A New Translation of Æsop's Fables, Adorn'd with Cutts
A city mouse had a mind to walk out of town and divery her self abroad in the country for the air: a country mouse met with her, invites her home, prepares to entertain her in a plain manner, and to supper they go. The country mouse treats her in the best manner she could, that she might not show herself unworthy of the company and friendship of a mouse of so great quality. Yet the city mouse look'd disdainfully upon the country cates, condemn'd the mean provisions, and magnified the noble plenty and vast variety of city cheer. Upon her return hom, she invites the country mouse to go with her and see the mangificence and abundance of the city. They go together; and the city mouse brings her gues to a splendid and sumptuous entertainment filled with rich and delicate varieties. In the midst of their mirth and dainty cheer, the noise of a key turning in a lock frightens both of 'em; they tremble and run for it. The country mouse being quite a stranger to the place had much ado to get away. When the servant was gone, the city mouse returns again to the banquet, and calls her guest. The country mouse, scare rid of her fears, at last creeps out of her hole, asking the city mouse (who endeavour'd to ply her with wine and renew her jollity) whether those frights and dangers were seldom or frequent. The city mouse made answer that they were frequent and contemptible. If it be so, replied the country mouse, your danties are so overseasoned with danger that your sweets are embittered by it. Give me my homely fare with quiet and safety rather than this abundance with so much fear and hazard. Great wealth and sensual pleasures are frequently found to be only dainty baits to deadly mischief. A mean condition make large amends for what it wants...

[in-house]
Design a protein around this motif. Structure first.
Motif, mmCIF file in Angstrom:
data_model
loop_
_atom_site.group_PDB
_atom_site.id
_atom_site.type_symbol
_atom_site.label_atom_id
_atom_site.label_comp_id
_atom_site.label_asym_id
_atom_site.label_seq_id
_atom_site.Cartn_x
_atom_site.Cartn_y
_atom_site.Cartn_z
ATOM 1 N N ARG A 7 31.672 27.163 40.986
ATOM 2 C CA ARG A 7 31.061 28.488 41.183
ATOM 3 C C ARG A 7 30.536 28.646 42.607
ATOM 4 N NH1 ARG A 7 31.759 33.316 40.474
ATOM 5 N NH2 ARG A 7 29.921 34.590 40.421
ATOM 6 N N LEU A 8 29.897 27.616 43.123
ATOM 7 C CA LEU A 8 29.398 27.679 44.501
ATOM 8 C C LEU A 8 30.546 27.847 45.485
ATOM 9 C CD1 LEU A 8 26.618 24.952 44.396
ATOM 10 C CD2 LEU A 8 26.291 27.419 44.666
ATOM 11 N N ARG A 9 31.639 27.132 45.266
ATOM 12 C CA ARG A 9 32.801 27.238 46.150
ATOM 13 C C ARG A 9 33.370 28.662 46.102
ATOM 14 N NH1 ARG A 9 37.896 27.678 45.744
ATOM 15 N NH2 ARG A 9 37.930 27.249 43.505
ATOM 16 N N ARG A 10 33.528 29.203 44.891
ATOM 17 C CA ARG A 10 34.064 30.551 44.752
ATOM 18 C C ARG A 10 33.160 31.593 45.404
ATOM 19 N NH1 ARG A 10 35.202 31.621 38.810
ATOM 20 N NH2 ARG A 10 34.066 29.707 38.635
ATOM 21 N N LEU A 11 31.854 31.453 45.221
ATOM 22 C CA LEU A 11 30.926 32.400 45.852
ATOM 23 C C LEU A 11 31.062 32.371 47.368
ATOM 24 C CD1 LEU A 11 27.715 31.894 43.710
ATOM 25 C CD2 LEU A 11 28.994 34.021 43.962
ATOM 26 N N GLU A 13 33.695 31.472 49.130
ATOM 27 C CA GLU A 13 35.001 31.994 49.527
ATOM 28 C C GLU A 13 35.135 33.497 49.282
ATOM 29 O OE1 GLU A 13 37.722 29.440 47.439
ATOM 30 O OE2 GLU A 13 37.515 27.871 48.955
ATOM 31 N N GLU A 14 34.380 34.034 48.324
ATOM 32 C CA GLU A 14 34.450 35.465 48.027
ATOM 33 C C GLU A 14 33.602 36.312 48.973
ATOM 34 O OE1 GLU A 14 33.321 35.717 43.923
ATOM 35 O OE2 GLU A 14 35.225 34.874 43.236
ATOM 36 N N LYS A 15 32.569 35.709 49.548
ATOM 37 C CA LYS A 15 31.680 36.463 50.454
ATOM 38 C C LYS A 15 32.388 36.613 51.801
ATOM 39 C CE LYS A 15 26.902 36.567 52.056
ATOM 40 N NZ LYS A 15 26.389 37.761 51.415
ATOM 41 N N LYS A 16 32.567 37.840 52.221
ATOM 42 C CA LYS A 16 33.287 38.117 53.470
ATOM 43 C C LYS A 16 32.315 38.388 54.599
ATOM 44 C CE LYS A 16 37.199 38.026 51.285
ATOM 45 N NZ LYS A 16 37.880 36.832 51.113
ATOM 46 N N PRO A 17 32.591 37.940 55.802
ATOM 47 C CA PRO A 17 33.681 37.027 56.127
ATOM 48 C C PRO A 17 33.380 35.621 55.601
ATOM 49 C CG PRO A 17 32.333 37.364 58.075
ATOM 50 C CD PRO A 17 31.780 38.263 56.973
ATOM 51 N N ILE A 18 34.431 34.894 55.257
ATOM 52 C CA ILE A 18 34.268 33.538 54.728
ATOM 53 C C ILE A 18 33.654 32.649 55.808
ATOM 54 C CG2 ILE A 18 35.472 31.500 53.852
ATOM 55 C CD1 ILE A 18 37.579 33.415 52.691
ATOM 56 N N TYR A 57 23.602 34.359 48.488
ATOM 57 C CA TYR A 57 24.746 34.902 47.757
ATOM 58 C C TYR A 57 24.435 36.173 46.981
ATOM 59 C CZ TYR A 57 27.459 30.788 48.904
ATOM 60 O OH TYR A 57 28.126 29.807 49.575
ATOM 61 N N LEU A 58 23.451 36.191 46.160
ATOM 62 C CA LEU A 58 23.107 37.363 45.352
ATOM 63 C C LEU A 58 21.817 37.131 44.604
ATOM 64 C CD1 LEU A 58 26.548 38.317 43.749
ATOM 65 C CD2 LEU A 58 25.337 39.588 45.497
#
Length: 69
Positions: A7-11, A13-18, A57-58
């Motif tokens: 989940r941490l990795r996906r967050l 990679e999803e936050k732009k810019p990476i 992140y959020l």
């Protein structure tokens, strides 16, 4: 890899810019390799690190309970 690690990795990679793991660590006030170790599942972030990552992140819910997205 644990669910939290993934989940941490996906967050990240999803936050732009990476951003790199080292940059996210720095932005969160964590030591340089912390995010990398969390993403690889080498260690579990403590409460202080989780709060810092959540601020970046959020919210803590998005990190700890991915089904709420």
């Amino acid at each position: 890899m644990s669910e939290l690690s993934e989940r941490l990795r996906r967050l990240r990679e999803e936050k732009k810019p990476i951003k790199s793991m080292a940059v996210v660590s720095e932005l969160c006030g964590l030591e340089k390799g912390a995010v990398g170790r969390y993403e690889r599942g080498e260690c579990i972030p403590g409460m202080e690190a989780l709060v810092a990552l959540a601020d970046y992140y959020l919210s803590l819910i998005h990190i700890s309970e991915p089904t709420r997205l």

John Jackson Gent
Carlson Fables Collection
Illustrated by Christopher Van Sycham.